The rise of fast food came alongside a global acceleration in our daily lifestyles. Today, we are tethered to our devices, working long hours and still checking emails late into the night. Many of us are commuting farther and spending lunches at our desks. Where cooking at home used to be the norm, it is now a rarity with takeout and order-in food being the primary way many people feed themselves.
As a baby growing up in suburbia, kids were not allowed to hang out in the living room for fear we would ruin the upholstery. You could describe it as an early form of staging. Slipcovers kept the dust off, and a velvet rope kept us out. The living room was a showpiece, reserved for adults, and only used when there was company.
Kitchens have gone the same way. We have space-age refrigerators, exotic granite countertops, copper pots and pans, an assortment of gizmos and gadgets. But we don’t use them.
In 2010, 50 percent of meals were eaten away from home, and 1 in 5 breakfasts is bought at McDonald’s. Even when we do eat at home, it’s not the family setting we think of in movies. Today’s family meals last less than 20 minutes and happen on average three nights a week. We have to remember that for many families, those 20 minutes are not focused. They are distracted by televisions and mobile phones, so even if we are eating together we might not mentally and emotionally be together.
Here’s why this trend needs to change and why the kitchen may be one of the biggest opportunities for wellbeing in our lives:
- Eating fast food and processed food may increase your risk of depression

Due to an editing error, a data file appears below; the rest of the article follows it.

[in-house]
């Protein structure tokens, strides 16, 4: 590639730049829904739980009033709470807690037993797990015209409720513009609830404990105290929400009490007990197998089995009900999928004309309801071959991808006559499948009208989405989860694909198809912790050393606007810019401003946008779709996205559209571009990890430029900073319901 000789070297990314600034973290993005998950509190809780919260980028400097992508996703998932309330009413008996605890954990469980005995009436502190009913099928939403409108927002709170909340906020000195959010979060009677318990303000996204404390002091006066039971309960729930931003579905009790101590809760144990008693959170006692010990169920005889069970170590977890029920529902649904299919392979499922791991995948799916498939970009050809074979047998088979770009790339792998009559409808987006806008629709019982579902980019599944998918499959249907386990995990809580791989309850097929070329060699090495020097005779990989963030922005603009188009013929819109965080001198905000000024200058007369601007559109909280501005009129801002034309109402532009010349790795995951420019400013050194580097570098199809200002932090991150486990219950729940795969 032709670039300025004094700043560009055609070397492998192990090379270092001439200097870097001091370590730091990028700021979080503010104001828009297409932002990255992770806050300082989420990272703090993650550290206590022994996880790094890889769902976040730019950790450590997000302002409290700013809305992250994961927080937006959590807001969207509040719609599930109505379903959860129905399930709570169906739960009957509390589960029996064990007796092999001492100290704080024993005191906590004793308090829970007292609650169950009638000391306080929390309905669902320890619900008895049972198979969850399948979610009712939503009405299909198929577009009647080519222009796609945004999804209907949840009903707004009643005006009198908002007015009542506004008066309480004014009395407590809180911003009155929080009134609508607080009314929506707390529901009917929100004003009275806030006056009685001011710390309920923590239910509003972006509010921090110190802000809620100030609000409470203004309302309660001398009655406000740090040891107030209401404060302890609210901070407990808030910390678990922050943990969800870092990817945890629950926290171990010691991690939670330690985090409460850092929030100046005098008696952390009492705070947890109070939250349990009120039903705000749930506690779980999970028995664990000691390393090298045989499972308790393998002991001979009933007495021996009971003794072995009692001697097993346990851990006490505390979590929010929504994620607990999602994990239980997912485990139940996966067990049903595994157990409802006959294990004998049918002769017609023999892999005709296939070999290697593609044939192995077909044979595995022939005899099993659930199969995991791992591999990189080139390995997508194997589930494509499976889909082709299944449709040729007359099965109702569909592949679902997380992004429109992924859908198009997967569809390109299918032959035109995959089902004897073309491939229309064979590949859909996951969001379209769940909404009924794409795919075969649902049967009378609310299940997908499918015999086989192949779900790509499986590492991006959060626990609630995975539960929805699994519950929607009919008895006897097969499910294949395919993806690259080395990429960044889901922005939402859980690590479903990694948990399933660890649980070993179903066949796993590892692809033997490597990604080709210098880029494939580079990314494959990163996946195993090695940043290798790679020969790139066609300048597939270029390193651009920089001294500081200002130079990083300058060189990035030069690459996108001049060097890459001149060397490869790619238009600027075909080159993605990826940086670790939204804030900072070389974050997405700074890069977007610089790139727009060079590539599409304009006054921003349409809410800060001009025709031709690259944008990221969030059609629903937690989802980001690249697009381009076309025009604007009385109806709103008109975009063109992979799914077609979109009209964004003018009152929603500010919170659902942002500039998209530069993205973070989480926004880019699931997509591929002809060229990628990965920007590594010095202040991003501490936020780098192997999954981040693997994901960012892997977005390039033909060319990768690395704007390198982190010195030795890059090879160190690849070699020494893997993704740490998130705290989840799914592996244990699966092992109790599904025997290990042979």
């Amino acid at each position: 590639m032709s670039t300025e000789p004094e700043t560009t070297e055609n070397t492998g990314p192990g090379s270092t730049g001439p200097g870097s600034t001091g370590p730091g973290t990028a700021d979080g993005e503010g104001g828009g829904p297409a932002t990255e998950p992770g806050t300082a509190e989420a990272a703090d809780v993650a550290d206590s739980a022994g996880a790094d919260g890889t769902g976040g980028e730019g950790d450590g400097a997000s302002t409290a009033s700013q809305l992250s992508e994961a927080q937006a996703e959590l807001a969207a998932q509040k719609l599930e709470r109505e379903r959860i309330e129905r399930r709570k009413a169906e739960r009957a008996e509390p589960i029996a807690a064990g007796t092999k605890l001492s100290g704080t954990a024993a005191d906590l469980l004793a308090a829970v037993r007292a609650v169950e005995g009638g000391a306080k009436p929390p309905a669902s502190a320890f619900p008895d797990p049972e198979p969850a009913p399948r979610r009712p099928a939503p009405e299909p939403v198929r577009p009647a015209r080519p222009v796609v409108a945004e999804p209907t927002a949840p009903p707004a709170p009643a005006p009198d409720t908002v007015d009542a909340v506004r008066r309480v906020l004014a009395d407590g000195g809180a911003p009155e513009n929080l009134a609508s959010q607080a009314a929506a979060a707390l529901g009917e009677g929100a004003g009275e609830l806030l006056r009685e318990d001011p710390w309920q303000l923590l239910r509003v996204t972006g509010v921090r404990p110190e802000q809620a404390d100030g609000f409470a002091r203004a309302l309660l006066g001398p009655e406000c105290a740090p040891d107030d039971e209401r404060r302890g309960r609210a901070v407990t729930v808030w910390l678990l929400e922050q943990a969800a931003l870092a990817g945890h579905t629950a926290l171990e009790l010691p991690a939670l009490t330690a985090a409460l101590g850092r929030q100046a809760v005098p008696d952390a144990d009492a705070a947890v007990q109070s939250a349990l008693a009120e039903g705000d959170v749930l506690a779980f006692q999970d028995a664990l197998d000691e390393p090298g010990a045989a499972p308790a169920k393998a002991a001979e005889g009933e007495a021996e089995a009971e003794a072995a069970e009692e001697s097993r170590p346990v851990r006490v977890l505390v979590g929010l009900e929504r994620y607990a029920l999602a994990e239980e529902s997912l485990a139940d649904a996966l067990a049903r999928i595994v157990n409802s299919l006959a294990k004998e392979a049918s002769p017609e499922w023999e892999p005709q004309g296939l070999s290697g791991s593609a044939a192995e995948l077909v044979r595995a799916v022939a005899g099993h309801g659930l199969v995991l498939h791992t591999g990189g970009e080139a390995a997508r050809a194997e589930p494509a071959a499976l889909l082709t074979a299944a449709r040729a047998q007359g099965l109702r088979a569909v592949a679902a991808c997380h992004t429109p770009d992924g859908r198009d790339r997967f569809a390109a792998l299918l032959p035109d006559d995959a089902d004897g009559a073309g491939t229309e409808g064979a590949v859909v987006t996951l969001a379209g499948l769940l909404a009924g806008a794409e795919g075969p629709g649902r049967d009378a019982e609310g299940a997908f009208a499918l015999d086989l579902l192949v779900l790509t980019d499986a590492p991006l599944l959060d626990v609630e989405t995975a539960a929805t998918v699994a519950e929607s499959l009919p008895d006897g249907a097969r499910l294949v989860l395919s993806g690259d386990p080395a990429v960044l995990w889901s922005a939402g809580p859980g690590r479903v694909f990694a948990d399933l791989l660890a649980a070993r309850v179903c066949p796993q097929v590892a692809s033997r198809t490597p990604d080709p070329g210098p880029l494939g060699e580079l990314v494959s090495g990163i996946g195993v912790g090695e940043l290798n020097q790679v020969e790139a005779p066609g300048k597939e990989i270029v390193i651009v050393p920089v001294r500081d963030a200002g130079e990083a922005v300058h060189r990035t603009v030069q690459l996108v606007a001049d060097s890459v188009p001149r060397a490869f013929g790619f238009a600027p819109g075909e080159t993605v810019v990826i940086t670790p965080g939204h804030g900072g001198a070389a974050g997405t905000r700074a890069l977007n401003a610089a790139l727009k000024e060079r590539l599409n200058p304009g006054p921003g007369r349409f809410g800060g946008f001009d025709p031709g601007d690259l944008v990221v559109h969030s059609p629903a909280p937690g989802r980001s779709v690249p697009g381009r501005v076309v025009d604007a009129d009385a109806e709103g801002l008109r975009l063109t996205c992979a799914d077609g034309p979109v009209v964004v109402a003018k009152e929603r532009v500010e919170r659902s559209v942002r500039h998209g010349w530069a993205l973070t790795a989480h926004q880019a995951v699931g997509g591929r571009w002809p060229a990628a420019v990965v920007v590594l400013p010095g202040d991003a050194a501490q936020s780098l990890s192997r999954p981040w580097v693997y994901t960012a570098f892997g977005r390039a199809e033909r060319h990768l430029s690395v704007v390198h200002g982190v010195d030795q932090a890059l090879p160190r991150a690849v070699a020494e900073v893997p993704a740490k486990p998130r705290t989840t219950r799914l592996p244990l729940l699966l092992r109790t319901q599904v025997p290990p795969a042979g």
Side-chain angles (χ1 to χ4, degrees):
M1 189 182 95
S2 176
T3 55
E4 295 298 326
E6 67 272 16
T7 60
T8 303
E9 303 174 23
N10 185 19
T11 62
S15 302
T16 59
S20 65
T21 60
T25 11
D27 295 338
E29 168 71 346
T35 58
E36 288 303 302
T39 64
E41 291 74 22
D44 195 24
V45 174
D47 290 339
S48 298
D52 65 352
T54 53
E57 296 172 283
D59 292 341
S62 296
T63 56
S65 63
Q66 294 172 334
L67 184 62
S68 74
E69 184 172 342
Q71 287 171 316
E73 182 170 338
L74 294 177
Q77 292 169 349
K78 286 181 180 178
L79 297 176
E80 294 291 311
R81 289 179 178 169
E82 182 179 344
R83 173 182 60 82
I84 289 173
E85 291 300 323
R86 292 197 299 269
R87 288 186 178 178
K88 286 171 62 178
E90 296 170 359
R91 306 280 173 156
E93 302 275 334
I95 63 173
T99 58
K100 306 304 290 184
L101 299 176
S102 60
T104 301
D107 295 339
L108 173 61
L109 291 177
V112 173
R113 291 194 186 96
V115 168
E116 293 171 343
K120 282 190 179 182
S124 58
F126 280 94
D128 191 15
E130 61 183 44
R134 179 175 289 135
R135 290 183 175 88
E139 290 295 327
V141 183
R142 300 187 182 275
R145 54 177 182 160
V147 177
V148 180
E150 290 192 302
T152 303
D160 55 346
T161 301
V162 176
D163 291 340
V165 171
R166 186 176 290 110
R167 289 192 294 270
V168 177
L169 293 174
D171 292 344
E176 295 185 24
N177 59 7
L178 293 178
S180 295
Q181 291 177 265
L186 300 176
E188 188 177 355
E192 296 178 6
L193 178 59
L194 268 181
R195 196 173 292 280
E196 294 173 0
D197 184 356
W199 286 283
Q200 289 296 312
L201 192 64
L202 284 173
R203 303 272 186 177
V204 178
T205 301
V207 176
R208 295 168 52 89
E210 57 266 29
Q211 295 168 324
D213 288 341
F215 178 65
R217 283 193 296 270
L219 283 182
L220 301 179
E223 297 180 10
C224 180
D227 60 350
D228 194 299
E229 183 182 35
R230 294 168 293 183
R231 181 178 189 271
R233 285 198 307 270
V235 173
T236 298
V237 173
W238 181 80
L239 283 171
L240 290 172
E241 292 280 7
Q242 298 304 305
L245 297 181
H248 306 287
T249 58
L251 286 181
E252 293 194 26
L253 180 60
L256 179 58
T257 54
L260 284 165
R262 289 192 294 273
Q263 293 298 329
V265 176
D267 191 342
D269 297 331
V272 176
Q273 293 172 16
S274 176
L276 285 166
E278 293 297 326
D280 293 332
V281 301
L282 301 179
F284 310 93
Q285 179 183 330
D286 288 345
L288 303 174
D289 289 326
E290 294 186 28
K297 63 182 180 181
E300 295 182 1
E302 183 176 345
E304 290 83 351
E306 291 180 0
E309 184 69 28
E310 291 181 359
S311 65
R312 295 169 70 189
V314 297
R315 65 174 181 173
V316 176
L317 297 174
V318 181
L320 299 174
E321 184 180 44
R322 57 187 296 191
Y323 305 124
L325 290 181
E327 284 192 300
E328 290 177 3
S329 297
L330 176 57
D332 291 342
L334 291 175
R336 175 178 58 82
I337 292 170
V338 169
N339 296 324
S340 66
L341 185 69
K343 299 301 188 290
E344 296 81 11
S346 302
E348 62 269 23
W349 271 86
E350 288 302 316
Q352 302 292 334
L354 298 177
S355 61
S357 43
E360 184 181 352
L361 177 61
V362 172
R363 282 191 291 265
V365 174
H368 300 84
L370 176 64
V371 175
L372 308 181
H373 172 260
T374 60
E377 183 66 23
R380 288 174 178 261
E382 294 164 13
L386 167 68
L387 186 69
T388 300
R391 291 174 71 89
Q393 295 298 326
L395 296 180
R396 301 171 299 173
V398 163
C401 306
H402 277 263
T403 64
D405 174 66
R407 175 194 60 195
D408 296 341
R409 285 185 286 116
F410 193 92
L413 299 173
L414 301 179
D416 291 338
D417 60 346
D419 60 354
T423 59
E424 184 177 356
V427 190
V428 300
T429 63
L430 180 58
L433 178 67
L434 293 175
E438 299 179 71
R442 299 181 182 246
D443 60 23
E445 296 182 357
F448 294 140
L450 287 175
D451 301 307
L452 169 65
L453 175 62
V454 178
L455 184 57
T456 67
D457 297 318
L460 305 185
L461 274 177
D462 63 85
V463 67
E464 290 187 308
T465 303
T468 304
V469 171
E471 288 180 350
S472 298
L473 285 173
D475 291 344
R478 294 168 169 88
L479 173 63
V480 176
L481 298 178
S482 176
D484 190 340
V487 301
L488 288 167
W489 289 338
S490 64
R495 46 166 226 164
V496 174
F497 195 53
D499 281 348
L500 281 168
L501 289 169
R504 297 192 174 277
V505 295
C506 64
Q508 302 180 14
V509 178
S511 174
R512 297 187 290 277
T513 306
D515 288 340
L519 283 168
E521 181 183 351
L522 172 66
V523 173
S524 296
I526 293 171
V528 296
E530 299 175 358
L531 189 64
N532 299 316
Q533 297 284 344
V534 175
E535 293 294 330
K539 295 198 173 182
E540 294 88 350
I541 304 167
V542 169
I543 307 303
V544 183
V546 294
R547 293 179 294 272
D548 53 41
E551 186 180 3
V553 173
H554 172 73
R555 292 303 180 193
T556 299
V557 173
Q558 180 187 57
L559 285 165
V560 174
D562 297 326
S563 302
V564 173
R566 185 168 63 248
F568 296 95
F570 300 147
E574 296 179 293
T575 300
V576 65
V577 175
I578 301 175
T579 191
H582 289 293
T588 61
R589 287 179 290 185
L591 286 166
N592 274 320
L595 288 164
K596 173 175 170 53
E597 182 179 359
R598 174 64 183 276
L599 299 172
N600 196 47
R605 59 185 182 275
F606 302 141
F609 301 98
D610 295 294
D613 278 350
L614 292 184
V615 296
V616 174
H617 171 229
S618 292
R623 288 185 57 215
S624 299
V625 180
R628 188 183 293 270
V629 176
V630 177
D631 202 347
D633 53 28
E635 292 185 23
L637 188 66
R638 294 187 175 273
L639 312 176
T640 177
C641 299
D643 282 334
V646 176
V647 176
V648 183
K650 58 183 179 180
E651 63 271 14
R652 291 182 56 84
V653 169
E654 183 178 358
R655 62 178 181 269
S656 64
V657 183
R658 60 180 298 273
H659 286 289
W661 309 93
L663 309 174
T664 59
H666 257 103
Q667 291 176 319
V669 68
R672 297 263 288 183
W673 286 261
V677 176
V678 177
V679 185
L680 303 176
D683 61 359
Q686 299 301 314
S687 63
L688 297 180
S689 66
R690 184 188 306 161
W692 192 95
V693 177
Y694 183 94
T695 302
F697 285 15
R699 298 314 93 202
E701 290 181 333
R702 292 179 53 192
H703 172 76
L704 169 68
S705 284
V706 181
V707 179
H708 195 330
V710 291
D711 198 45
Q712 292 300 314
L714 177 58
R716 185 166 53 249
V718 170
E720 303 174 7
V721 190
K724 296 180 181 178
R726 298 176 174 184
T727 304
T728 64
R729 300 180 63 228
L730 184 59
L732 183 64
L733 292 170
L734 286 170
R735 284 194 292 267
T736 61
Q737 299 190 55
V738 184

- Eating foods filled with sodium, like many fast foods, can increase your risk for headaches
- These higher sodium levels can also elevate blood pressure or aggravate existing heart disorders, including congestive heart failure
- Fast food can lead to frequent insulin spikes, which can lead to insulin resistance and type 2 diabetes
- People who eat at fast-food restaurants tend to take in an extra 197 to 190 calories per day
If we flip this paradigm and instead cook more frequently at home, here are some of the benefits we can unlock:
- We can eat more nutritious foods, benefiting nearly every aspect of our health
- We can better control our portions, which means reaching (and keeping) a healthy weight
- We are more likely to feel full as we can pick foods that satiate hunger, where many fast foods can actually increase our appetites
- We can spend more time with our families, building stronger, healthier relationships with our loved ones
- We can improve our finances as cooking at home is often easier on our wallets than going out every day, which in turn can mean less stress and more resources to spend on making memories
- We can burn more calories as the act of preparing foods counts as a form of NEAT, burning more energy than it takes to order food or to sit down at a restaurant
Are you already cooking at home? What are your tips for making the kitchen a regular part of your lifestyle? I’d love to hear your stories!